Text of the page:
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Subject: Re: [office-comment] Integer Overflow and number Types in ODF

Leonard Mada:
> while examining recently an OOo Calc issue, I came across a major 
> ODF-shortcoming.

This isn't major.  For nearly all uses, this is irrelevant, and it
would be foolish for a user to depend on these kinds of precisions
when exchanging documents among spreadsheets because NO
spreadsheet implements what you're requesting.
In engineering, you're lucky to have two significant digits.
In budgeting, I know of no one that uses spreadsheets for
such a truly large range and actually cares; generally they
get rounded to "human-readable" results and again these
extreme precisions are unneeded.

I strongly encourage experimentation and improvement;
innovation is a wonderful thing.  But this is a standards committee.
We are defining standards for what already exists.  We want to know
about innovations so that we can avoid accidentally forbidding them,
but standards bodies are simply not the right forum to add
brand-new untested requirements to an established market.
Create a spreadsheet implementation with these great new
precisions, and if enough people use it, perhaps we could
define a niche extension for that group.

> A recent bug posted on the OOo Bugzila documenting a miscalculation in 
> OOo Calc (as well as in MS Excel and probably other spreadsheet 
> programs, see: http://www.openoffice.org/issues/show_bug.cgi?id=91358),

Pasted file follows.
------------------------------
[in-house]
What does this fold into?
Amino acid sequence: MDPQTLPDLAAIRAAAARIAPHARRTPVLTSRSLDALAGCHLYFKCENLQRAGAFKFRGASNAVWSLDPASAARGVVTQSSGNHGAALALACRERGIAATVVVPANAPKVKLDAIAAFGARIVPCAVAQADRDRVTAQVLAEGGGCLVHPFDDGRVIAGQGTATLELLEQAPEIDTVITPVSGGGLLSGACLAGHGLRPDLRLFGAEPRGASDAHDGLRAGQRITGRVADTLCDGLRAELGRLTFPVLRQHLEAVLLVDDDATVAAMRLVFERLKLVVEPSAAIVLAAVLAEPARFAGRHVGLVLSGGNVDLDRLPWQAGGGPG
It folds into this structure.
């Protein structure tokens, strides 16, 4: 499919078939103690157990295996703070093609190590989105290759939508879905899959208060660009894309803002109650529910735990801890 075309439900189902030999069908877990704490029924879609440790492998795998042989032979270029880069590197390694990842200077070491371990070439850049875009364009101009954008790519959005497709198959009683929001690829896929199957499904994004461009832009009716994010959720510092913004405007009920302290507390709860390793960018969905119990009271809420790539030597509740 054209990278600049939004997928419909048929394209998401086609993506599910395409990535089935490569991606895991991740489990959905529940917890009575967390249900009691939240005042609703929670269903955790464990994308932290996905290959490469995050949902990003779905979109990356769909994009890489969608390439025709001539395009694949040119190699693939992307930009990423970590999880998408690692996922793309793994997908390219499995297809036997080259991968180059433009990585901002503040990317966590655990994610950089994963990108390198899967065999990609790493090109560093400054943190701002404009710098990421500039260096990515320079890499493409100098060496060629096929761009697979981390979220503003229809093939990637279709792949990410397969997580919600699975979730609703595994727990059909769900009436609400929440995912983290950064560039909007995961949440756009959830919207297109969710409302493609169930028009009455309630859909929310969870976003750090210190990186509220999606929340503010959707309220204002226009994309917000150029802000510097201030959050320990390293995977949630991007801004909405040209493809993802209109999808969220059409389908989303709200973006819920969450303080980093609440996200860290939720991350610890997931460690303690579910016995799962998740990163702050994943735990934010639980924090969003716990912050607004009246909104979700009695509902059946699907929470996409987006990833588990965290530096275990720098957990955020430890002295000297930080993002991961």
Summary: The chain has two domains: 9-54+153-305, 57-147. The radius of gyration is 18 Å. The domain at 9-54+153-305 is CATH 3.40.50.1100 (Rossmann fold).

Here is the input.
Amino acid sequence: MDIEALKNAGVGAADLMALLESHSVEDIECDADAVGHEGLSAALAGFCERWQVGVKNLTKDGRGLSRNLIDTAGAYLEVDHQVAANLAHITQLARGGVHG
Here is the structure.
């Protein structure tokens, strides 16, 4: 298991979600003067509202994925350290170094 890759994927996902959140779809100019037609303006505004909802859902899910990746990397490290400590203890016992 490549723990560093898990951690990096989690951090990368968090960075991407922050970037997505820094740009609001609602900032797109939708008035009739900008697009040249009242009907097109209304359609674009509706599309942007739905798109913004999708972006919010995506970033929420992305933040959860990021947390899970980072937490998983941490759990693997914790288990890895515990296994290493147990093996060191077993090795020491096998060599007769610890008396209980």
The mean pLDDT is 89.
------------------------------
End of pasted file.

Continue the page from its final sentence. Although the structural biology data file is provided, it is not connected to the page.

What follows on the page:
> prompted me to revisit old notes and articles on floating point 
> calculations.
> ================
> Basically, the bug goes like this:
> =29513736*92842033 yields: 2740115251665290.
> This is plainly wrong.

No, that's not a bug.  That is obviously acceptable behavior,
and the spec even makes it clear that this is acceptable.

All existing spreadsheet implementations use 32 or 64 bit
binary floating-point numbers; in certain cases some MAY
use another (80-bit) but predicting when that occurs is
quite tricky.  An implementation is free to
do better, and we've carefully spec'ed it to permit better,
but it would be unwise to expect better.

The specification does not forbid implementing exact integers,
so the specification does not limit future improvements.

> However, the user does NOT get any notification 
> that an integer overflow did occur.

That is by design.  Users of scientific calculators don't get any
such notifications either, but most scientific calculators
do integer overflow too.

> The IEEE Standard for Binary Floating-Point Arithmetic (ANSI/IEEE Std 
> 754-1985) implements various formats for representing floating-point 
> values. ODF seems to omit any clear specification in this regard, and 
> also seems to imply that only one format should be used.

If you can point to a place where it _requires_ one format, let me know;
that should be removed.

We can't reasonably reference the binary format; at no time do we
use a binary format.  And I don't think we can actually mandate the
exact IEEE rules for floating-point operations, either.
IIRC, Intel chips cannot follow the rules exactly
without a severe performance penalty, so I believe all actual
spreadsheet implementations intentionally do NOT follow them.
So there is nothing left to mandate.

There is no point in creating a beautiful specification that will not
be used.

--- David A. Wheeler

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